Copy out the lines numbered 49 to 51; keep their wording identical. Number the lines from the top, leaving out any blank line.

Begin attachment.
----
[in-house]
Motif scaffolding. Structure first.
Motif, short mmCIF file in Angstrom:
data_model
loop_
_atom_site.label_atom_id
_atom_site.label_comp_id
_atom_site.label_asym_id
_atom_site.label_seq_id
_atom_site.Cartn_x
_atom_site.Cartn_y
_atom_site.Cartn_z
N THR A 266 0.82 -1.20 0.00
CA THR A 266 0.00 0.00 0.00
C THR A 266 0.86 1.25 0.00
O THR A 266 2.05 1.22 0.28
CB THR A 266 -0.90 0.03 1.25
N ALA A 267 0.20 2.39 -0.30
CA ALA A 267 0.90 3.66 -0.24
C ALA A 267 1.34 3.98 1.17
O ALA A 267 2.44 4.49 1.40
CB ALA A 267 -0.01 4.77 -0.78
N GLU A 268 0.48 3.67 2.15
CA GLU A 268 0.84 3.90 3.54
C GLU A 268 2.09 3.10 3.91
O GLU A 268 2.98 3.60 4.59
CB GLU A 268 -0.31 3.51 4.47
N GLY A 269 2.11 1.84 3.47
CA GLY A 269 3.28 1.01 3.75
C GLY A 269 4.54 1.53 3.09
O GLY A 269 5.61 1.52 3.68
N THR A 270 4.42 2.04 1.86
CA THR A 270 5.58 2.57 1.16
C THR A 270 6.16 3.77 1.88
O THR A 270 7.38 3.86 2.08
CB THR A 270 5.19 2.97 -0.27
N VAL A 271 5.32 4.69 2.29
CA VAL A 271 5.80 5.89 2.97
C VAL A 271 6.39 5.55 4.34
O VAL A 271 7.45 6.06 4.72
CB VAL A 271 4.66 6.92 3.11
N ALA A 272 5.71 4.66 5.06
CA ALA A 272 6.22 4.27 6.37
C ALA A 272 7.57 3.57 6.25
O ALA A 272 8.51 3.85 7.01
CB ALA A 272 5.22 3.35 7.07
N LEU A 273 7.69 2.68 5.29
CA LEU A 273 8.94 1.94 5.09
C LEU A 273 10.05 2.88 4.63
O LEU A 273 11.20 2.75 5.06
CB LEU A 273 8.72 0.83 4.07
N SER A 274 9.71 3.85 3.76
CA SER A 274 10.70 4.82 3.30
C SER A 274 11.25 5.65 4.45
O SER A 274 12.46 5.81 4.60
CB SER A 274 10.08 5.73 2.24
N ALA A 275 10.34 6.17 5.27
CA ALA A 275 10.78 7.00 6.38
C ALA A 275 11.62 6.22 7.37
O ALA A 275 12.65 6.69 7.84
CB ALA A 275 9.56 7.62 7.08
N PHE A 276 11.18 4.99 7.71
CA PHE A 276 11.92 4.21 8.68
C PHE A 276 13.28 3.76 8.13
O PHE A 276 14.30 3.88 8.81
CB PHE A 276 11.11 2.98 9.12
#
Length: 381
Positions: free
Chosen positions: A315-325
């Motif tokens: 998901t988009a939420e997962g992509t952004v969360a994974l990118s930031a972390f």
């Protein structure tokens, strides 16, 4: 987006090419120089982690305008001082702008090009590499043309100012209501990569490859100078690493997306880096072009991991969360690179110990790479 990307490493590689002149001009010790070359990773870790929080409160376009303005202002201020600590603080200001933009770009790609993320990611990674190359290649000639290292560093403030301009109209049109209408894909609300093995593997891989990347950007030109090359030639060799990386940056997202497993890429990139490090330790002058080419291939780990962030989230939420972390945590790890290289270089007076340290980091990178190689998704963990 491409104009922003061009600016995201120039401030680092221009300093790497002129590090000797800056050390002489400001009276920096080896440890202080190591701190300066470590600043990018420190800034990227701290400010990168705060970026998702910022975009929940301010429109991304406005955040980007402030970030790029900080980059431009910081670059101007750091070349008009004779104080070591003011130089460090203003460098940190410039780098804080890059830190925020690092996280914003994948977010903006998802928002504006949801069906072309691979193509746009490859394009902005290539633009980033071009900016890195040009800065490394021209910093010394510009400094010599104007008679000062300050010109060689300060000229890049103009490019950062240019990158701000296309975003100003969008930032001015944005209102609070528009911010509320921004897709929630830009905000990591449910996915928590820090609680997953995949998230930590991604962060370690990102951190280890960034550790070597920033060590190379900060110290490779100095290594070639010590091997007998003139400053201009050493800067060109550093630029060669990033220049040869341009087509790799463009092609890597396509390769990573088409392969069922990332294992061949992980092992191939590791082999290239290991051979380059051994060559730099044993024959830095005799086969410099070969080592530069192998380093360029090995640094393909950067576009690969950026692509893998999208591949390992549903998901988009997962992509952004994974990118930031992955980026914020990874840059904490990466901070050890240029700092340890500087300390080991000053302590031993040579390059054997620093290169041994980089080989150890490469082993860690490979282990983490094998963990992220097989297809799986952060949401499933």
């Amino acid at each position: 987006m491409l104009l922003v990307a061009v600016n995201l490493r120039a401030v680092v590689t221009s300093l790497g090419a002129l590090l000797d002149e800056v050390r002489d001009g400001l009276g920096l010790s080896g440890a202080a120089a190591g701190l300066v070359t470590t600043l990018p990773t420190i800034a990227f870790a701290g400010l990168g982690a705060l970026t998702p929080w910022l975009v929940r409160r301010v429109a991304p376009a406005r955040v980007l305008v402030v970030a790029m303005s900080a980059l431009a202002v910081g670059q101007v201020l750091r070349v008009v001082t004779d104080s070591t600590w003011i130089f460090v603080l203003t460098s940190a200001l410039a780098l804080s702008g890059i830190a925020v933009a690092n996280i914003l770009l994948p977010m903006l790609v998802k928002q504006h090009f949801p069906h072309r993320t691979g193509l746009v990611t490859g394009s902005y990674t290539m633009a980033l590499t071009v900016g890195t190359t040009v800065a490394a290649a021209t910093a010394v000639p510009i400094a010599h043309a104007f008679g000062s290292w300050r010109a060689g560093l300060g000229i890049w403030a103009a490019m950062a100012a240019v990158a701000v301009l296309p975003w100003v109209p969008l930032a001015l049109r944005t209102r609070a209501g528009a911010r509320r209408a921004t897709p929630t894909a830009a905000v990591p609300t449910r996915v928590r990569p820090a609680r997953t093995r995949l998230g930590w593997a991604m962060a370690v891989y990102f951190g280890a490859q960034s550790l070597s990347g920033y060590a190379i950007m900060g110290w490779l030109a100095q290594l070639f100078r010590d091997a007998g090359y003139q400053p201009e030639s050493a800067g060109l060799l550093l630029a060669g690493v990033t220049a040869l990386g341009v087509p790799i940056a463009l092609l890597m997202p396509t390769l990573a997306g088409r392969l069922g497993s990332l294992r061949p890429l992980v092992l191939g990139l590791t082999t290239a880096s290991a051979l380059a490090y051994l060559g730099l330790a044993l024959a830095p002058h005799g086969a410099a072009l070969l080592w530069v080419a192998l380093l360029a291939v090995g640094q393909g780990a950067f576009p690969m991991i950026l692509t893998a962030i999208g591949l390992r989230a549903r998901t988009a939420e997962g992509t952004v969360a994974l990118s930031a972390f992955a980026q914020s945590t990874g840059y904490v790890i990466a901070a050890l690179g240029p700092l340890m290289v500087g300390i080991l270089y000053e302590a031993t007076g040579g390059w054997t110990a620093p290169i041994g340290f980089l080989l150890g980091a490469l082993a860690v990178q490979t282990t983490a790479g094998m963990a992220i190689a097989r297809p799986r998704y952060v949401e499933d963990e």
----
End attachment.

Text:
C LEU A 273 10.05 2.88 4.63
O LEU A 273 11.20 2.75 5.06
CB LEU A 273 8.72 0.83 4.07